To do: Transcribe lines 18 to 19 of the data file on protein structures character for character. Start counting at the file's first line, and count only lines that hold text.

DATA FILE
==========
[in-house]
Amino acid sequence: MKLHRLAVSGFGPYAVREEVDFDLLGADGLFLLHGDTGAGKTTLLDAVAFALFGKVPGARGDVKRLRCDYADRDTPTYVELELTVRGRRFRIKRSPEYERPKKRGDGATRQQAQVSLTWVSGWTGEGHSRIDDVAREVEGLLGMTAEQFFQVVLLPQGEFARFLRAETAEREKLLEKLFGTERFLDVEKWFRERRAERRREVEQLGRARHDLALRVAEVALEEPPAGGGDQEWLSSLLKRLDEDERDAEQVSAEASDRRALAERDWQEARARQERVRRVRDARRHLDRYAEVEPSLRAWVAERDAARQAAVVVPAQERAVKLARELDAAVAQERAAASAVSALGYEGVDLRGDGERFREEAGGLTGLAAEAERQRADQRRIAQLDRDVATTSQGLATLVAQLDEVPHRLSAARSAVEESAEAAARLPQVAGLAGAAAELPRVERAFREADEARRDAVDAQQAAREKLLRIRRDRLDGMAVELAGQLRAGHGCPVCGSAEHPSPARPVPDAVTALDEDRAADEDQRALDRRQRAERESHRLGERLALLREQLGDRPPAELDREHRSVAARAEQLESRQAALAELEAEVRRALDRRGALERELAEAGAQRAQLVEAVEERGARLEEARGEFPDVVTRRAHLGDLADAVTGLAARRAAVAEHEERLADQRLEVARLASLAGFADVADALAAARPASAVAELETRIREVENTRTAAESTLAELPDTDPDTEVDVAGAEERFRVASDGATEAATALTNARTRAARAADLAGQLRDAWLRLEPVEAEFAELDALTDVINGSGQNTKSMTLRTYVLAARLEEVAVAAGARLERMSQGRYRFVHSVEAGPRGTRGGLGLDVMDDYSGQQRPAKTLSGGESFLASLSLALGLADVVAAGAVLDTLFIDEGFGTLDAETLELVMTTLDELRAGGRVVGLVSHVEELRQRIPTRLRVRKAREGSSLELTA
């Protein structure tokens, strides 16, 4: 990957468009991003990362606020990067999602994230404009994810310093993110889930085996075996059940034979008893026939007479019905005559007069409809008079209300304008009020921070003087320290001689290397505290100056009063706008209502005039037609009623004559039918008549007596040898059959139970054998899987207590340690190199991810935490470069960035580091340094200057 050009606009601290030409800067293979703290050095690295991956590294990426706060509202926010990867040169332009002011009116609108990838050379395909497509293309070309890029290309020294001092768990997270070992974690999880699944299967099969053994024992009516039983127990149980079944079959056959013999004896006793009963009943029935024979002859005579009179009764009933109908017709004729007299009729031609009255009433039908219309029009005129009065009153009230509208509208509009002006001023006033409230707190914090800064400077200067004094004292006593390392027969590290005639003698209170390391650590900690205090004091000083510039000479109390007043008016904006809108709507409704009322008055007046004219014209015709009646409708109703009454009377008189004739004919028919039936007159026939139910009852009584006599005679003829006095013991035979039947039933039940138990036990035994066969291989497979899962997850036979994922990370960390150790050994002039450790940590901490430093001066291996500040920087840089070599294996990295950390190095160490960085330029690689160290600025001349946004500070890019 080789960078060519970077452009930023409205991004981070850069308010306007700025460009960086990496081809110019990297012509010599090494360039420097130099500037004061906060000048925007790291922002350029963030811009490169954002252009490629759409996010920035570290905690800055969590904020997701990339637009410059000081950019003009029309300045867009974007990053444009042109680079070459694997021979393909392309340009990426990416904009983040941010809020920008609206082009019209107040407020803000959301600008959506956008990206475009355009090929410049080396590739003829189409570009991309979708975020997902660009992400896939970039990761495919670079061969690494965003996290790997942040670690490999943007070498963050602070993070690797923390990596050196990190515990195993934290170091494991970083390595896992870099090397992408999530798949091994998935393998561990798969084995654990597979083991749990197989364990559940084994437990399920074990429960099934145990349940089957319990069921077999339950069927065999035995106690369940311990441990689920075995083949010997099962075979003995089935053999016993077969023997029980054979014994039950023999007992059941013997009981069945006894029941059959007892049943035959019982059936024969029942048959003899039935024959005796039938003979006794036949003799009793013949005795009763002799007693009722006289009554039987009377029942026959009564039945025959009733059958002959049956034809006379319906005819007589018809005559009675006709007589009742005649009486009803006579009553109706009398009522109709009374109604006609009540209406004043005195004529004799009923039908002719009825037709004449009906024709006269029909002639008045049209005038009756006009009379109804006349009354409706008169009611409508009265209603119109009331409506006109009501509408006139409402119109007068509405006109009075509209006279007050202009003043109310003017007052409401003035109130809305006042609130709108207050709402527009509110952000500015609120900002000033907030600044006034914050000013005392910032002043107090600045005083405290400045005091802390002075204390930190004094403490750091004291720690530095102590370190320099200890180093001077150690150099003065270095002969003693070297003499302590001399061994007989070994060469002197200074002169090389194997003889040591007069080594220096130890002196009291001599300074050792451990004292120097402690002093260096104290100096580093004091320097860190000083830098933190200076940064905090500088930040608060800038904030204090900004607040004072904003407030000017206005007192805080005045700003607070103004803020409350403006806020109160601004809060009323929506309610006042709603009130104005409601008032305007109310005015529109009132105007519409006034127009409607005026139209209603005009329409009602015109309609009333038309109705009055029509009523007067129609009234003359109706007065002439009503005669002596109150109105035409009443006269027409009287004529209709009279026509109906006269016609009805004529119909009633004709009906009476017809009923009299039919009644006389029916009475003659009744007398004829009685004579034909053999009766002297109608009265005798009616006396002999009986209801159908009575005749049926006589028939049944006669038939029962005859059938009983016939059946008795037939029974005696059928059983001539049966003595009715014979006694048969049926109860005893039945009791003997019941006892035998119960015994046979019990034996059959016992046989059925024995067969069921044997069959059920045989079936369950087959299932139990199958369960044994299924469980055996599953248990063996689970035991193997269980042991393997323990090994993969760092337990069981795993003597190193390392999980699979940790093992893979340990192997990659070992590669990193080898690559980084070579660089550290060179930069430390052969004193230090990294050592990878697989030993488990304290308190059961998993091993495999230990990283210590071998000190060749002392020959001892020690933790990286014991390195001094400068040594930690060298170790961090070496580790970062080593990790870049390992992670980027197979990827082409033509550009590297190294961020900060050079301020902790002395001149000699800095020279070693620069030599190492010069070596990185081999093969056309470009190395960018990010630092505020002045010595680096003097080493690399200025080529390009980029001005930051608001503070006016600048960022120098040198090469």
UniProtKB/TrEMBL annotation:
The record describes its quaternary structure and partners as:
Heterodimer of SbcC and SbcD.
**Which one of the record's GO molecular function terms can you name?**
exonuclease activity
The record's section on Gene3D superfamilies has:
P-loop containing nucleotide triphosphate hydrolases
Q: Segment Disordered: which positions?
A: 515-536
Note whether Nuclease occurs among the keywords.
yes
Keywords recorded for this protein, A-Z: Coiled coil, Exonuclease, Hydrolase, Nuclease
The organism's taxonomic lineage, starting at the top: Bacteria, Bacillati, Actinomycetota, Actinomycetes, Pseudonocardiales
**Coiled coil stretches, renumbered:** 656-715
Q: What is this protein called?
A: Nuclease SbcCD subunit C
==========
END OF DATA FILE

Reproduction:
Q: What is this protein called?
A: Nuclease SbcCD subunit C